The Films of Akira Kurosawa

Front Cover
University of California Press, 1998 - Performing Arts - 273 pages
In an epilogue provided for his incomparable study of Akira Kurosawa (1910-1998), Donald Richie reflects on Kurosawa's life work of thirty feature films and describes his last, unfinished project, a film set in the Edo period to be called The Ocean Was Watching.
Kurosawa remains unchallenged as one of the century's greatest film directors. Through his long and distinguished career he managed, like very few others in the teeth of a huge and relentless industry, to elevate each of his films to a distinctive level of art. His Rashomon--one of the best-remembered and most talked-of films in any language--was a revelation when it appeared in 1950 and did much to bring Japanese cinema to the world's attention. Kurosawa's films display an extraordinary breadth and an astonishing strength, from the philosophic and sexual complexity of Rashomon to the moral dedication of Ikiru, from the naked violence of Seven Samurai to the savage comedy of Yojimbo, from the terror-filled feudalism of Throne of Blood to the piercing wit of Sanjuro. In an epilogue provided for his incomparable study of Akira Kurosawa (1910-1998), Donald Richie reflects on Kurosawa's life work of thirty feature films and describes his last, unfinished project, a film set in the Edo period to be called The Ocean Was Watching.
Kurosawa remains unchallenged as one of the century's greatest film directors. Through his long and distinguished career he managed, like very few others in the teeth of a huge and relentless industry, to elevate each of his films to a distinctive level of art. His Rashomon--one of the best-remembered and most talked-of films in any language--was a revelation when it appeared in 1950 and did much to bring Japanese cinema to the world's attention. Kurosawa's films display an extraordinary breadth and an astonishing strength, from the philosophic and sexual complexity of Rashomon to the moral dedication of Ikiru, from the naked violence of Seven Samurai to the savage comedy of Yojimbo, from the terror-filled feudalism of Throne of Blood to the piercing wit of Sanjuro.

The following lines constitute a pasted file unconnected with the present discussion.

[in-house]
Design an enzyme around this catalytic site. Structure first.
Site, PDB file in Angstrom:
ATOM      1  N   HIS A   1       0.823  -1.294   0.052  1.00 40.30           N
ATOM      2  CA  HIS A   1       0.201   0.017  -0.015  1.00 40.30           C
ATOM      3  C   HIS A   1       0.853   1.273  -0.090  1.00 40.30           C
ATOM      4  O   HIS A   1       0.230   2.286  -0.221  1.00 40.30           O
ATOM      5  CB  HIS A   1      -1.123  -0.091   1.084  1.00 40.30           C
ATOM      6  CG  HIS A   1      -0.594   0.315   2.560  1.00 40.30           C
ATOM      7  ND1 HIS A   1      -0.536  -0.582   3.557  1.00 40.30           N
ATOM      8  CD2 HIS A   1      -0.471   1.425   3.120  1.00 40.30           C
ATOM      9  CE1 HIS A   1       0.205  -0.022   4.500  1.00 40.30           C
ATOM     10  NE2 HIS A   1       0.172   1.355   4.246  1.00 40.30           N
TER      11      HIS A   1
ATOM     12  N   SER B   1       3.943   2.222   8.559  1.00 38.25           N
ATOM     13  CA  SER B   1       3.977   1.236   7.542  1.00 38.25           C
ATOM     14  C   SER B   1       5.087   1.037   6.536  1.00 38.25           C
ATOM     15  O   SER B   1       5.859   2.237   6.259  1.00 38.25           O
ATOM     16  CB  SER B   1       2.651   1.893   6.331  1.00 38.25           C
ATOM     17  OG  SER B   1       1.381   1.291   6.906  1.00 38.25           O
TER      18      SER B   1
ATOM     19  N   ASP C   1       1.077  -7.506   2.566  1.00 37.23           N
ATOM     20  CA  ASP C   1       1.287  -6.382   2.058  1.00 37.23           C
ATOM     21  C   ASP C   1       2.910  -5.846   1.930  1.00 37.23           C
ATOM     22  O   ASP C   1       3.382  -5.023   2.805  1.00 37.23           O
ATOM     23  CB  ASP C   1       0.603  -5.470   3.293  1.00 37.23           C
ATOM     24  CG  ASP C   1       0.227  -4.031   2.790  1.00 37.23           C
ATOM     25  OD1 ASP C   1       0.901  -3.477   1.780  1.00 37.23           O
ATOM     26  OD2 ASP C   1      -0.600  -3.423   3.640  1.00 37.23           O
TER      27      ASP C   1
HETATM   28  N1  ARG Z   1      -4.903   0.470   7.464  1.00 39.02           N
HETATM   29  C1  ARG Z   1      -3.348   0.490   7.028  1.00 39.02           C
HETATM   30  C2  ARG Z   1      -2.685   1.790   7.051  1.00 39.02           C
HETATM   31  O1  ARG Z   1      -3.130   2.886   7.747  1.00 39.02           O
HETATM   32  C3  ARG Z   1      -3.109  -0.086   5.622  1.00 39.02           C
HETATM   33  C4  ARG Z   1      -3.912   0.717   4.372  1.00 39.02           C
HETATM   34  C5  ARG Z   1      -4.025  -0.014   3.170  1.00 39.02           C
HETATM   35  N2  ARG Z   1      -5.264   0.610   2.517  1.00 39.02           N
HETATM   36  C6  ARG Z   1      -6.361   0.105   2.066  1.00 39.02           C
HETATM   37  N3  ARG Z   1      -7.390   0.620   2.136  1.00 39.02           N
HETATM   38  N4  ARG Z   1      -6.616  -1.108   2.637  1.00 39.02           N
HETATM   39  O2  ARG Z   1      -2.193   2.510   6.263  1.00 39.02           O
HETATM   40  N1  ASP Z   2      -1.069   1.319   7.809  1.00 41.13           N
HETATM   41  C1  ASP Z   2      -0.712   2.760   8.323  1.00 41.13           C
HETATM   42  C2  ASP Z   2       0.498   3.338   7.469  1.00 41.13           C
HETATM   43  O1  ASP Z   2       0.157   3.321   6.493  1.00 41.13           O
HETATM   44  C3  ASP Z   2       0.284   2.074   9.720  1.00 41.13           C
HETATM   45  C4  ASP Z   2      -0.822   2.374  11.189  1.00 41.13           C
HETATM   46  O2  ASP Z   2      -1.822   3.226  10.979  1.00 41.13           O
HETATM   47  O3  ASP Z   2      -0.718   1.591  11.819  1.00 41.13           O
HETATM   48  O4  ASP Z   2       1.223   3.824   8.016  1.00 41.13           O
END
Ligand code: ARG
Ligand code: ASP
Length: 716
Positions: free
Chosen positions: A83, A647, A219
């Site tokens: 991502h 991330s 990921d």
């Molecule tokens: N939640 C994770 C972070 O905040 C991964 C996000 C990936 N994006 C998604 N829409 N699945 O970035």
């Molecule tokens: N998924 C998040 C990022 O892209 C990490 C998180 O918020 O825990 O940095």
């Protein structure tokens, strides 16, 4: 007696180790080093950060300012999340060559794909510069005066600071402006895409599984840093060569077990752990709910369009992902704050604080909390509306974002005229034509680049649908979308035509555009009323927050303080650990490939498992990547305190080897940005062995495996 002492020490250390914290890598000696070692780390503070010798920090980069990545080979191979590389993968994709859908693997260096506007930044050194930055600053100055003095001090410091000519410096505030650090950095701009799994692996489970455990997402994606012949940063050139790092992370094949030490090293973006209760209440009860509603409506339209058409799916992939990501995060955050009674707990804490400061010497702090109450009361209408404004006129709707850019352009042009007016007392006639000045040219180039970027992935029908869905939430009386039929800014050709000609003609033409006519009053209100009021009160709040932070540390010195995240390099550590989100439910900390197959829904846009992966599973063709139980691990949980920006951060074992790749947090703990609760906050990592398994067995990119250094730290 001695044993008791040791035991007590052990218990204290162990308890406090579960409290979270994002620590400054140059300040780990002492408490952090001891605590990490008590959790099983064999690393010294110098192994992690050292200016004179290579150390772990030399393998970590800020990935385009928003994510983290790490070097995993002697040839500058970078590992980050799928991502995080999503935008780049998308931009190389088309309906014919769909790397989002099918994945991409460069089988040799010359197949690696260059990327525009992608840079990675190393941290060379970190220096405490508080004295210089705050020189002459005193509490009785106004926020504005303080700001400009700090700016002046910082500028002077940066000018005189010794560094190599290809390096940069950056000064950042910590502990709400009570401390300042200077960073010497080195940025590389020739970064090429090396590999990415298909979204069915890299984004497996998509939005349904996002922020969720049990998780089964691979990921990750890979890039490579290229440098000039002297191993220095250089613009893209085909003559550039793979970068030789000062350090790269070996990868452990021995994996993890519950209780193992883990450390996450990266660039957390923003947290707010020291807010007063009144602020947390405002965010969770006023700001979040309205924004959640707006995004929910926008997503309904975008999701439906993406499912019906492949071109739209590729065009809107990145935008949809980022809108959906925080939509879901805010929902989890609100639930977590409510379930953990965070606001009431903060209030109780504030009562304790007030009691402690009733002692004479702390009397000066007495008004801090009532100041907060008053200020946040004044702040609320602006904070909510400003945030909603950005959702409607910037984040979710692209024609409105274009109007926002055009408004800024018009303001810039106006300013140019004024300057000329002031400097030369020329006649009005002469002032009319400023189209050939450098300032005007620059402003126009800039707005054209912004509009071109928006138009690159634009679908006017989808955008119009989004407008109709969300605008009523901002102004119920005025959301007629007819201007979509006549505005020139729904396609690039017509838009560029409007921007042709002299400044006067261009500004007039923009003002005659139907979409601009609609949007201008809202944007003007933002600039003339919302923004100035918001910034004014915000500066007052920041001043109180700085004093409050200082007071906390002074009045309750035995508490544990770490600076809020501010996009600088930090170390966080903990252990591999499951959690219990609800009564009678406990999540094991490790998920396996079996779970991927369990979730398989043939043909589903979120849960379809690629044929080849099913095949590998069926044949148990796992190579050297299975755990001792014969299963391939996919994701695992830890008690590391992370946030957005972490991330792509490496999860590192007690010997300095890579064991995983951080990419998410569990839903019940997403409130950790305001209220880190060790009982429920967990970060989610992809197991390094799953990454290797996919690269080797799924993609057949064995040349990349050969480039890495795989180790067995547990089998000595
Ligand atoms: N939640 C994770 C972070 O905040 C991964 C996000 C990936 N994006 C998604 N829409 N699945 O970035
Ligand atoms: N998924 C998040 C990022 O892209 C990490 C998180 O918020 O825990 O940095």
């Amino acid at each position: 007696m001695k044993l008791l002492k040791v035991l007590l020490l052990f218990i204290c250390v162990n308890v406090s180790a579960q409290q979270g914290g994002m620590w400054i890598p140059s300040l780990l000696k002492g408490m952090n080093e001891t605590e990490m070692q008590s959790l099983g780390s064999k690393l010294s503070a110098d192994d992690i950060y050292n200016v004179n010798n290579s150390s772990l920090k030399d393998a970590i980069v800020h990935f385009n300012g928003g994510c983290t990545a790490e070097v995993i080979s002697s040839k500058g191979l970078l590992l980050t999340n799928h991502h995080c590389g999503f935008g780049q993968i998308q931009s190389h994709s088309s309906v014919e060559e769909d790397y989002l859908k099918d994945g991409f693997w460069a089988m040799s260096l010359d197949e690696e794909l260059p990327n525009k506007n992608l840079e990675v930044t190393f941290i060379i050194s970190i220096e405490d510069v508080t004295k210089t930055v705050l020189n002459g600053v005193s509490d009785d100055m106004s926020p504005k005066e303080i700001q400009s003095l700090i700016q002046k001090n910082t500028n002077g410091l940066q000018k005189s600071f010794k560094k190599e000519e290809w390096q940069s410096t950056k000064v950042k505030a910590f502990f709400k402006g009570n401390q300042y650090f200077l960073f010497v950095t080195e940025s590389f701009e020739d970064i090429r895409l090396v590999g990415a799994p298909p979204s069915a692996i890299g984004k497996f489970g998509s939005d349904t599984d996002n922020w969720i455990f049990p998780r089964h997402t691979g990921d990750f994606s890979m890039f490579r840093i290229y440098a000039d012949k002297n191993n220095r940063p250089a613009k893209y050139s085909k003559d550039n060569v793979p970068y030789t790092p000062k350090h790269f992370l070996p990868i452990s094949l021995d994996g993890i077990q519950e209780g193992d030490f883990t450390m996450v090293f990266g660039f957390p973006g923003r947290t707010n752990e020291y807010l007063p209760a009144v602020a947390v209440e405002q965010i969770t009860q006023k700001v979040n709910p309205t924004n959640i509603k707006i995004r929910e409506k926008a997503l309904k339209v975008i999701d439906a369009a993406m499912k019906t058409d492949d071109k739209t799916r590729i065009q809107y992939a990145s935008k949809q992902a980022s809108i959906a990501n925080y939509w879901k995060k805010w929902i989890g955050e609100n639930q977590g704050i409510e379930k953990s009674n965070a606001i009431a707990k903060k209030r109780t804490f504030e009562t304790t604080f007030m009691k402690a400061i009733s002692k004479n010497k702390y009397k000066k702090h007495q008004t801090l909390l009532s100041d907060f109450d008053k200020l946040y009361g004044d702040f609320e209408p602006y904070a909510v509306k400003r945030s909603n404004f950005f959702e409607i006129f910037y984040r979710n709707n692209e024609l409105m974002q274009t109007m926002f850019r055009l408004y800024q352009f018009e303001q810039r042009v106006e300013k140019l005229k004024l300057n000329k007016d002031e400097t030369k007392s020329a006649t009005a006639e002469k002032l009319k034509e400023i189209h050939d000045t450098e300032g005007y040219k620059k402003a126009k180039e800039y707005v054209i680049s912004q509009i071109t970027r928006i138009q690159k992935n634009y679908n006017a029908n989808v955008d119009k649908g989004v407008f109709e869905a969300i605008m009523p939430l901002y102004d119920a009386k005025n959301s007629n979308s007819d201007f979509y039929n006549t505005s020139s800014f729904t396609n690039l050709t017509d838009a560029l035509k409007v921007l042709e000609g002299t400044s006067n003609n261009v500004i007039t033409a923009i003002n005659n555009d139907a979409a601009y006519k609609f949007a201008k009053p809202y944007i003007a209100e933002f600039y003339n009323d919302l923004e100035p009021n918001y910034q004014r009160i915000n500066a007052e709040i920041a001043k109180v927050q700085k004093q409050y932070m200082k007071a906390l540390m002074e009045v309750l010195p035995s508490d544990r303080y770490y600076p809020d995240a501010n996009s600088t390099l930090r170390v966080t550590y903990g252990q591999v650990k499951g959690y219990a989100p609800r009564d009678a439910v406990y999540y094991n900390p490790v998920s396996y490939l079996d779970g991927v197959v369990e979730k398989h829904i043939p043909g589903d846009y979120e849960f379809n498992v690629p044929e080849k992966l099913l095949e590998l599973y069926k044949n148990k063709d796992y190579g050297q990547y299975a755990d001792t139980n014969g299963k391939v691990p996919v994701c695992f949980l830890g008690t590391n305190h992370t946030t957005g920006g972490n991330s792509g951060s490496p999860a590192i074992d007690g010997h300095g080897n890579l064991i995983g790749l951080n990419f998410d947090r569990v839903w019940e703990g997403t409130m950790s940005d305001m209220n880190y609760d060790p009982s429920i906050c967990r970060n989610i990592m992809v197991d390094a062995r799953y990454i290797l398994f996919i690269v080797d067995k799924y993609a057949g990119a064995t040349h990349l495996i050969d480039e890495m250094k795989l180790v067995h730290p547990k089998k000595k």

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The films of Akira Kurosawa

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This third edition of a work first published in 1965 covers the four films made since the second edition was released, including Ran, arguably Kurosawa's biggest hit in America. Kurosawa is ... Read full review

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About the author (1998)

Donald Richie is the Arts Critic for The Japan Times.

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